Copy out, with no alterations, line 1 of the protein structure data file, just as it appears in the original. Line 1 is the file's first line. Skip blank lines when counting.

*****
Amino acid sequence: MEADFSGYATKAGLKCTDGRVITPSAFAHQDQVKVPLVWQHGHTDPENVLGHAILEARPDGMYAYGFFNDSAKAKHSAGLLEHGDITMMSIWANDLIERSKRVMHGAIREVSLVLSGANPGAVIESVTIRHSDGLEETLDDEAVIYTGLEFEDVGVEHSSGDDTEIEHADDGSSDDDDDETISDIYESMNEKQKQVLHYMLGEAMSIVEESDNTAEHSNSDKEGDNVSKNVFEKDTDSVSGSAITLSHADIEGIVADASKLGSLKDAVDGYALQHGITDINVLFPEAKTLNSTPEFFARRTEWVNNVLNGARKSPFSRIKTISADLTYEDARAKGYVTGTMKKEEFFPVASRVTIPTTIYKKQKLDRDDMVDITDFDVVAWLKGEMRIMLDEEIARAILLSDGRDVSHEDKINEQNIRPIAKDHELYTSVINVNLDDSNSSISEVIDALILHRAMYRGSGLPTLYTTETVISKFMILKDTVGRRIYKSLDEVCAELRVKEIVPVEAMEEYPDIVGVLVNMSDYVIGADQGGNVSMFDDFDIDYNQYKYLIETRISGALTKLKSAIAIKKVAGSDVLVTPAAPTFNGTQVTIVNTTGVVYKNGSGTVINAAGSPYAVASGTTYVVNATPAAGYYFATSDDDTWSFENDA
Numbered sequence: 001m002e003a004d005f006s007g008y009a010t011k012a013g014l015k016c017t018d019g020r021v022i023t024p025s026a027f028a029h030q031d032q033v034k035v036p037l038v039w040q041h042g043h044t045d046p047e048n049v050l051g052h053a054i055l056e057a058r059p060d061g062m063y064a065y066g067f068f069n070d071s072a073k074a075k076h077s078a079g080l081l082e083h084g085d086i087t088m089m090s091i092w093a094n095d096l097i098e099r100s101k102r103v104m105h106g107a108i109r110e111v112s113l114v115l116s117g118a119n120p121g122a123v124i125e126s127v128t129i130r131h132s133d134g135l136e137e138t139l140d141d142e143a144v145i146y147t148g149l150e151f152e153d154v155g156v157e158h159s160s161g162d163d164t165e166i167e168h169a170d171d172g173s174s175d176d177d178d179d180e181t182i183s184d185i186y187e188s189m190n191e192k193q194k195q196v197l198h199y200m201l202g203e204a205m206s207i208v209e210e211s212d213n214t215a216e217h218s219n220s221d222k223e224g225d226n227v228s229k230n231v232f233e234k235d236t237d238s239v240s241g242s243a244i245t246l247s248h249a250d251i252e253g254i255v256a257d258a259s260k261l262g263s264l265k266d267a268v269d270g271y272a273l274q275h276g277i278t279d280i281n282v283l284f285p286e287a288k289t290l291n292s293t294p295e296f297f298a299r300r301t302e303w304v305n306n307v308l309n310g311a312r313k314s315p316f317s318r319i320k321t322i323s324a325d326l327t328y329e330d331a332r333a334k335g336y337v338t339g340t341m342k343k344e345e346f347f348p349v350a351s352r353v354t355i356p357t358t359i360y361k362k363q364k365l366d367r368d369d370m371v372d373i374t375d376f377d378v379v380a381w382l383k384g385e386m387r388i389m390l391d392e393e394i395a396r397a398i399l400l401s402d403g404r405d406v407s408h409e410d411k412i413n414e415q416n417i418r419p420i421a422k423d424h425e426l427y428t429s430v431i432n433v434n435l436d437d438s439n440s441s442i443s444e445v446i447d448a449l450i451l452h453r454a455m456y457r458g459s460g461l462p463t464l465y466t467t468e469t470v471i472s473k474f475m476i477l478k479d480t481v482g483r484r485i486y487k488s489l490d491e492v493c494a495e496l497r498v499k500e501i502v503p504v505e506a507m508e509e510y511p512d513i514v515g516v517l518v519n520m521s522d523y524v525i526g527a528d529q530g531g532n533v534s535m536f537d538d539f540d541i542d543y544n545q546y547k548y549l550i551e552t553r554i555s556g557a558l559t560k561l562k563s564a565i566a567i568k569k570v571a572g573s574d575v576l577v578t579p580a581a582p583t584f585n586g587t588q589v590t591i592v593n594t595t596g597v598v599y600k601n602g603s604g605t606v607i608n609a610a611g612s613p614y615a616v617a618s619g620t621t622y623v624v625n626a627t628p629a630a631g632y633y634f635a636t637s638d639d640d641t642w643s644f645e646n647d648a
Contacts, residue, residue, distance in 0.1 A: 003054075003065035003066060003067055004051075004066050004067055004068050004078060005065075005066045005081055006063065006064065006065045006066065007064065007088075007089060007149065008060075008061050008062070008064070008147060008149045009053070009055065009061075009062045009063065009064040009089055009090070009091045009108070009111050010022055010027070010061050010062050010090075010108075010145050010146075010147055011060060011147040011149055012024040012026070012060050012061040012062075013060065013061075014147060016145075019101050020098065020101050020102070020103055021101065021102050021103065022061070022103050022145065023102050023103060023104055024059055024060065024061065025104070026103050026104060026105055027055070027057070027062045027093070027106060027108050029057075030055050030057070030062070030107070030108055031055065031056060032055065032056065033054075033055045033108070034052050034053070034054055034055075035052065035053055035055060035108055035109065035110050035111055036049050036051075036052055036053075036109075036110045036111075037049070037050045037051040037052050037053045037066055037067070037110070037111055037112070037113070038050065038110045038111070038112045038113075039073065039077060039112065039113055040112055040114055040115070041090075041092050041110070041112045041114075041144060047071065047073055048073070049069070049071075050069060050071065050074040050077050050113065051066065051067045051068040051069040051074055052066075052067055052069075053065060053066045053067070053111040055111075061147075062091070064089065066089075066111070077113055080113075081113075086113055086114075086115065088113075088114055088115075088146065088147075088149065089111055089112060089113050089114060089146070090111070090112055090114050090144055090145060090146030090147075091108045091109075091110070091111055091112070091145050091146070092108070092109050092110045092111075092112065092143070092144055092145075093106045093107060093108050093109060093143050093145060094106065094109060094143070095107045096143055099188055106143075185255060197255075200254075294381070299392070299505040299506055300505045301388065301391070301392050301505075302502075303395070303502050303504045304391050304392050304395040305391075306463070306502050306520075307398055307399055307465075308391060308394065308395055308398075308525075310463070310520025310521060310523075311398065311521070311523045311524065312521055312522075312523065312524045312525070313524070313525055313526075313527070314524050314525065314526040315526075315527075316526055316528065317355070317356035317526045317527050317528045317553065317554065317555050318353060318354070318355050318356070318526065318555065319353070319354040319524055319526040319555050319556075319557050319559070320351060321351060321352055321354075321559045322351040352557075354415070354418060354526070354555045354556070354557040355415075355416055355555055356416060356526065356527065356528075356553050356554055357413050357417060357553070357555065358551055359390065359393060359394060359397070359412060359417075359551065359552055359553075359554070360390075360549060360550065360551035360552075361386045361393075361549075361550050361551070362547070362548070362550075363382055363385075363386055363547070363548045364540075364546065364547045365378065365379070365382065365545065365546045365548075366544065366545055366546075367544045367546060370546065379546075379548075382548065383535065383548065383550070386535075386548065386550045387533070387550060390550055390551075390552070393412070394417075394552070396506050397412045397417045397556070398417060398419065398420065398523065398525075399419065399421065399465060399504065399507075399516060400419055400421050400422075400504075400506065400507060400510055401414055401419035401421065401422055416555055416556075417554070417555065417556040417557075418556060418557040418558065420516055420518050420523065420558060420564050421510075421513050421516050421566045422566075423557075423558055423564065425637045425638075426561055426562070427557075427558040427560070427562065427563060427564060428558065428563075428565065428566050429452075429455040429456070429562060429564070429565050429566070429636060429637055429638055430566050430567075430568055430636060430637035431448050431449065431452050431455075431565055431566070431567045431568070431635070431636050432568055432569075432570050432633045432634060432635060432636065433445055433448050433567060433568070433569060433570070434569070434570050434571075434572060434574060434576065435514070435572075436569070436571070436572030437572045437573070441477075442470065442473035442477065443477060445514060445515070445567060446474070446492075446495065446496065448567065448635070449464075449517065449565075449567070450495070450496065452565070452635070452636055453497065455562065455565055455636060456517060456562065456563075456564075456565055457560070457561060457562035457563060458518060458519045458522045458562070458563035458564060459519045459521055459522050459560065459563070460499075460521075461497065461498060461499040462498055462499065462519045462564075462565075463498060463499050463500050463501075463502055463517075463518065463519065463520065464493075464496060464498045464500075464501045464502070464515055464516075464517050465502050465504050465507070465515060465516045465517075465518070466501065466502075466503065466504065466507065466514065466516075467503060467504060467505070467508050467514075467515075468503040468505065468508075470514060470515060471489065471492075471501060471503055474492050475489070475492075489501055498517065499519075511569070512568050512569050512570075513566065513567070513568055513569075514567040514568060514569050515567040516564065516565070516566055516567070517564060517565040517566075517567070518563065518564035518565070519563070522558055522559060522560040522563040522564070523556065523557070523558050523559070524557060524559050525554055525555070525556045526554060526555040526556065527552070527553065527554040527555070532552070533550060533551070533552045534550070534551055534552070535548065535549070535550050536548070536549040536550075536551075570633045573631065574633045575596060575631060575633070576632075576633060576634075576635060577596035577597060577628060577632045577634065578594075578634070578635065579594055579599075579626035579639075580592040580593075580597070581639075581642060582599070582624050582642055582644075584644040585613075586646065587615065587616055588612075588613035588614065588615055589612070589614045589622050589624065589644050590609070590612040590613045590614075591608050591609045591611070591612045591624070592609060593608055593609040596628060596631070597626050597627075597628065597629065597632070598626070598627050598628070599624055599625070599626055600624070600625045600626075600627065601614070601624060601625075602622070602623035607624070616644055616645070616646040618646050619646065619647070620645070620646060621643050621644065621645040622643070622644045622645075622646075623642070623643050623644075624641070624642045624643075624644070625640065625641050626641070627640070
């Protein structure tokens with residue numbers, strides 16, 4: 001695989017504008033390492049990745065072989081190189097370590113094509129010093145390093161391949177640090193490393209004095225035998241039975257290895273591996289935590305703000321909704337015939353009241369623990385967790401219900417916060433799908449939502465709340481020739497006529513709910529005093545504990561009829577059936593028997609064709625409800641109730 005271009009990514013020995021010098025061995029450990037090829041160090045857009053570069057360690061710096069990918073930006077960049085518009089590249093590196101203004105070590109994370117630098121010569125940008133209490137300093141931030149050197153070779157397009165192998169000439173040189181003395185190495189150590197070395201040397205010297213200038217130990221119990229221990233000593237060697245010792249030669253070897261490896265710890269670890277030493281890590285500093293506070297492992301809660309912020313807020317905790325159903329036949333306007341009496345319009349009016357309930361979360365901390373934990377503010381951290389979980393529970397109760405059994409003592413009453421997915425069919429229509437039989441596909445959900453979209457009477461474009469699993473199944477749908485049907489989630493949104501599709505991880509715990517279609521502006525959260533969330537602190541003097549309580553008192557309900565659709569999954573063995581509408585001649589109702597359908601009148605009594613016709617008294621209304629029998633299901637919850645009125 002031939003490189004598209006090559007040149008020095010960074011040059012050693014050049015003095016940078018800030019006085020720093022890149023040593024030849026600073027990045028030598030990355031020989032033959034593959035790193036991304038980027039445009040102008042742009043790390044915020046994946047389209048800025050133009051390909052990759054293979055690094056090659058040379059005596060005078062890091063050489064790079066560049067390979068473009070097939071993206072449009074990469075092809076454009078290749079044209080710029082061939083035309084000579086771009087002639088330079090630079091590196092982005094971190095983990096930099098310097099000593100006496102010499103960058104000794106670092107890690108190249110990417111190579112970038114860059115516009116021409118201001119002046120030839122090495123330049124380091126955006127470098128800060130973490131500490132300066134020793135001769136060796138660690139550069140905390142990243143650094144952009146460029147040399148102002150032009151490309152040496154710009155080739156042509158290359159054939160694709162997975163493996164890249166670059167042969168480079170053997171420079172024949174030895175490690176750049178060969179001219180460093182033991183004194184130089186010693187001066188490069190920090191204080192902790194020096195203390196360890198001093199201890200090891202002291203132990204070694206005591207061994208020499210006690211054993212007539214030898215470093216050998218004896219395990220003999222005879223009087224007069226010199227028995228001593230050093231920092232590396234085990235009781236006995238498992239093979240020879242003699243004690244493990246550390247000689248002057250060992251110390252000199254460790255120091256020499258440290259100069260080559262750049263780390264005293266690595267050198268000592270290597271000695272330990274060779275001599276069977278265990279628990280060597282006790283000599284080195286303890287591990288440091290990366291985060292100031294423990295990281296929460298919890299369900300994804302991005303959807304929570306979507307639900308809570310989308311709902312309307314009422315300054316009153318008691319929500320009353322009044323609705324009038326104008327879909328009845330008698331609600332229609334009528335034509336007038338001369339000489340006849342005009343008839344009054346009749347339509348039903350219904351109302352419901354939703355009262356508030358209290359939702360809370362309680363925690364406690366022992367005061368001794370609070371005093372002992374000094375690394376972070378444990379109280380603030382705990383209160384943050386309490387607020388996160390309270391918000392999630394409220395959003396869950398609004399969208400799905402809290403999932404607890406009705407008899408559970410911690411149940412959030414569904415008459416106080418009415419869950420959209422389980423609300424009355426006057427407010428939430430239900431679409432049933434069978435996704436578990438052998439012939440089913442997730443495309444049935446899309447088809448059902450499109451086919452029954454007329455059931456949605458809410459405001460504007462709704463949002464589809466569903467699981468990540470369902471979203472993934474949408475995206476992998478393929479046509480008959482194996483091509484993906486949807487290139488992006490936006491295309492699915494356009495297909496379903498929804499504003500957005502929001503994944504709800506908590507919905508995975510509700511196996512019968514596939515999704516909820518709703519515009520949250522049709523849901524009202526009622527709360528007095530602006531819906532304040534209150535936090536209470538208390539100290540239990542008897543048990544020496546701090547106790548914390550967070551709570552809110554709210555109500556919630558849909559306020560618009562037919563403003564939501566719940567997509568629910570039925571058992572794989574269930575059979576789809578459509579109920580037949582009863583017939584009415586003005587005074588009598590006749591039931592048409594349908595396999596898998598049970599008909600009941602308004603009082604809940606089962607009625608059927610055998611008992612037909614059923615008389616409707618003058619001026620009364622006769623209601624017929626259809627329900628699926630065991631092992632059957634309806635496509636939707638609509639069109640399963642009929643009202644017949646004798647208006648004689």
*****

Amino acid sequence: MEADFSGYATKAGLKCTDGRVITPSAFAHQDQVKVPLVWQHGHTDPENVLGHAILEARPDGMYAYGFFNDSAKAKHSAGLLEHGDITMMSIWANDLIERSKRVMHGAIREVSLVLSGANPGAVIESVTIRHSDGLEETLDDEAVIYTGLEFEDVGVEHSSGDDTEIEHADDGSSDDDDDETISDIYESMNEKQKQVLHYMLGEAMSIVEESDNTAEHSNSDKEGDNVSKNVFEKDTDSVSGSAITLSHADIEGIVADASKLGSLKDAVDGYALQHGITDINVLFPEAKTLNSTPEFFARRTEWVNNVLNGARKSPFSRIKTISADLTYEDARAKGYVTGTMKKEEFFPVASRVTIPTTIYKKQKLDRDDMVDITDFDVVAWLKGEMRIMLDEEIARAILLSDGRDVSHEDKINEQNIRPIAKDHELYTSVINVNLDDSNSSISEVIDALILHRAMYRGSGLPTLYTTETVISKFMILKDTVGRRIYKSLDEVCAELRVKEIVPVEAMEEYPDIVGVLVNMSDYVIGADQGGNVSMFDDFDIDYNQYKYLIETRISGALTKLKSAIAIKKVAGSDVLVTPAAPTFNGTQVTIVNTTGVVYKNGSGTVINAAGSPYAVASGTTYVVNATPAAGYYFATSDDDTWSFENDA